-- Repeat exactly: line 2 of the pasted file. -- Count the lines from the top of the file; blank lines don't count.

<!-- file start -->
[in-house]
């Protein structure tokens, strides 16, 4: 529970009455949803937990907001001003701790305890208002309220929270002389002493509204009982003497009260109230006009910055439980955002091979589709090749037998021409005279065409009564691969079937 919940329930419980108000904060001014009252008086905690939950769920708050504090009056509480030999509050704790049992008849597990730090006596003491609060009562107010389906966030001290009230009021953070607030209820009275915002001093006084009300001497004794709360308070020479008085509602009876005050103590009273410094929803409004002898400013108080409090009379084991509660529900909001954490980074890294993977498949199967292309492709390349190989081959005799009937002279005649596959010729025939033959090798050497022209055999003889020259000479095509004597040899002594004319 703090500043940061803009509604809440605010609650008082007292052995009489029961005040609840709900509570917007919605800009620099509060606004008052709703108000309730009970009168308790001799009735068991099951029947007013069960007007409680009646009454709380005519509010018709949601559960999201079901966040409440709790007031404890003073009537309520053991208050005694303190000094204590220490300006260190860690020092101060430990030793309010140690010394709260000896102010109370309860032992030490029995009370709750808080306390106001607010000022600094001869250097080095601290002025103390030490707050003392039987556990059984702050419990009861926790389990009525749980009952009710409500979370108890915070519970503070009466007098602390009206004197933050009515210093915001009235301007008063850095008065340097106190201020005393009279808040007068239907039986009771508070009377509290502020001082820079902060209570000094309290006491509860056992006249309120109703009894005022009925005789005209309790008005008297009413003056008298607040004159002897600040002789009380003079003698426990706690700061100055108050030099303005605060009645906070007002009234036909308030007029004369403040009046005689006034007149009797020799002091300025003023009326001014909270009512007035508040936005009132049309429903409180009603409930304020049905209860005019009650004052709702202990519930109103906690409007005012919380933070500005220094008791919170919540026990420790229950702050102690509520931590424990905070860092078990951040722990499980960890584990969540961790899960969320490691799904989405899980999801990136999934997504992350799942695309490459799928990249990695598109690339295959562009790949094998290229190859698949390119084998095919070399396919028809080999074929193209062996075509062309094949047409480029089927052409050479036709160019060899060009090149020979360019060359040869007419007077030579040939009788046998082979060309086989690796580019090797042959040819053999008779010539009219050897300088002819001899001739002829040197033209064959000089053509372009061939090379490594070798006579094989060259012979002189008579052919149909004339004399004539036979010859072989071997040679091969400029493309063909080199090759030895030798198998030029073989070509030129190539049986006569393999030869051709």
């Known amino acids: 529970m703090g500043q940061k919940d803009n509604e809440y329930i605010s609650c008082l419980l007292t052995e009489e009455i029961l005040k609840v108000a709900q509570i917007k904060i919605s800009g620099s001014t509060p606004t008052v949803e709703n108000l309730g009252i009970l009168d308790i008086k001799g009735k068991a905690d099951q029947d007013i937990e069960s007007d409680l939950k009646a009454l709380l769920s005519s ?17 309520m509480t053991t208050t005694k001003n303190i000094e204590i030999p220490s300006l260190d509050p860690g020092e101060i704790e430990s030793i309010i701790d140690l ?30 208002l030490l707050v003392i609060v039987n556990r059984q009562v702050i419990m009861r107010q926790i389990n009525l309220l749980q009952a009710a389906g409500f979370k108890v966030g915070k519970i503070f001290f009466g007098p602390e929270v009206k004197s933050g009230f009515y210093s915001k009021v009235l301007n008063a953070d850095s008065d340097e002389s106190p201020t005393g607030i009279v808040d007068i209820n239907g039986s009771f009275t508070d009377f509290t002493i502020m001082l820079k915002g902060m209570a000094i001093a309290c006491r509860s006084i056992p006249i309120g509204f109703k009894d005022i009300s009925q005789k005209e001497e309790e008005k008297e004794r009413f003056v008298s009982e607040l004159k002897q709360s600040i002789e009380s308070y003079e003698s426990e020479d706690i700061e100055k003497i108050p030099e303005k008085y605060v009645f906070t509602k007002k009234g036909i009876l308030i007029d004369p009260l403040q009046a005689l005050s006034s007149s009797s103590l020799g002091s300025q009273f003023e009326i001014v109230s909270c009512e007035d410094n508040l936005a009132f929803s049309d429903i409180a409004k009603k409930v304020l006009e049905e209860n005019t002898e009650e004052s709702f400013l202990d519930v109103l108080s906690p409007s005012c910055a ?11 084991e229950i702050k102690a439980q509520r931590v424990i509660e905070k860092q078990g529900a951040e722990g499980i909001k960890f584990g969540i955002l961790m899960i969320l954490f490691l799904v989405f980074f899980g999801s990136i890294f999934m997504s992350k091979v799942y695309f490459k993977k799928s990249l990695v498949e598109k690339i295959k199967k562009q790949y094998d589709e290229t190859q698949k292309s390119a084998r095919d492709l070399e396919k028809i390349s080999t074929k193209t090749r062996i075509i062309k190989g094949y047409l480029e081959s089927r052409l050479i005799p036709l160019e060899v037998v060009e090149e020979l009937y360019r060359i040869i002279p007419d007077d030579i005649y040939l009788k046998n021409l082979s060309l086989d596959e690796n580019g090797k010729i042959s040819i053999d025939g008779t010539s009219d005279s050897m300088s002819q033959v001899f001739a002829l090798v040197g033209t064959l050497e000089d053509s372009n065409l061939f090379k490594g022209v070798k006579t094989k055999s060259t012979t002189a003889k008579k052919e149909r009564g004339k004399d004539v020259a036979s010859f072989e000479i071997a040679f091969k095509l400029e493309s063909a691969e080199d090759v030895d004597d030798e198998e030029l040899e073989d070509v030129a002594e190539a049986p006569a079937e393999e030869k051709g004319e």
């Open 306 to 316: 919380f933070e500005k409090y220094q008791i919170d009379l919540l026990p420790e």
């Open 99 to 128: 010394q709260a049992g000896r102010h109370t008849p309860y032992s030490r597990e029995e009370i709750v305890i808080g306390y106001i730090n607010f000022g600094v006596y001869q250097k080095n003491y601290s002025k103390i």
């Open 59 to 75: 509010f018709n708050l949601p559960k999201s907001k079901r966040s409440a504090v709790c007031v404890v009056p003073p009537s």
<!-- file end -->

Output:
């Protein structure tokens, strides 16, 4: 529970009455949803937990907001001003701790305890208002309220929270002389002493509204009982003497009260109230006009910055439980955002091979589709090749037998021409005279065409009564691969079937 919940329930419980108000904060001014009252008086905690939950769920708050504090009056509480030999509050704790049992008849597990730090006596003491609060009562107010389906966030001290009230009021953070607030209820009275915002001093006084009300001497004794709360308070020479008085509602009876005050103590009273410094929803409004002898400013108080409090009379084991509660529900909001954490980074890294993977498949199967292309492709390349190989081959005799009937002279005649596959010729025939033959090798050497022209055999003889020259000479095509004597040899002594004319 703090500043940061803009509604809440605010609650008082007292052995009489029961005040609840709900509570917007919605800009620099509060606004008052709703108000309730009970009168308790001799009735068991099951029947007013069960007007409680009646009454709380005519509010018709949601559960999201079901966040409440709790007031404890003073009537309520053991208050005694303190000094204590220490300006260190860690020092101060430990030793309010140690010394709260000896102010109370309860032992030490029995009370709750808080306390106001607010000022600094001869250097080095601290002025103390030490707050003392039987556990059984702050419990009861926790389990009525749980009952009710409500979370108890915070519970503070009466007098602390009206004197933050009515210093915001009235301007008063850095008065340097106190201020005393009279808040007068239907039986009771508070009377509290502020001082820079902060209570000094309290006491509860056992006249309120109703009894005022009925005789005209309790008005008297009413003056008298607040004159002897600040002789009380003079003698426990706690700061100055108050030099303005605060009645906070007002009234036909308030007029004369403040009046005689006034007149009797020799002091300025003023009326001014909270009512007035508040936005009132049309429903409180009603409930304020049905209860005019009650004052709702202990519930109103906690409007005012919380933070500005220094008791919170919540026990420790229950702050102690509520931590424990905070860092078990951040722990499980960890584990969540961790899960969320490691799904989405899980999801990136999934997504992350799942695309490459799928990249990695598109690339295959562009790949094998290229190859698949390119084998095919070399396919028809080999074929193209062996075509062309094949047409480029089927052409050479036709160019060899060009090149020979360019060359040869007419007077030579040939009788046998082979060309086989690796580019090797042959040819053999008779010539009219050897300088002819001899001739002829040197033209064959000089053509372009061939090379490594070798006579094989060259012979002189008579052919149909004339004399004539036979010859072989071997040679091969400029493309063909080199090759030895030798198998030029073989070509030129190539049986006569393999030869051709």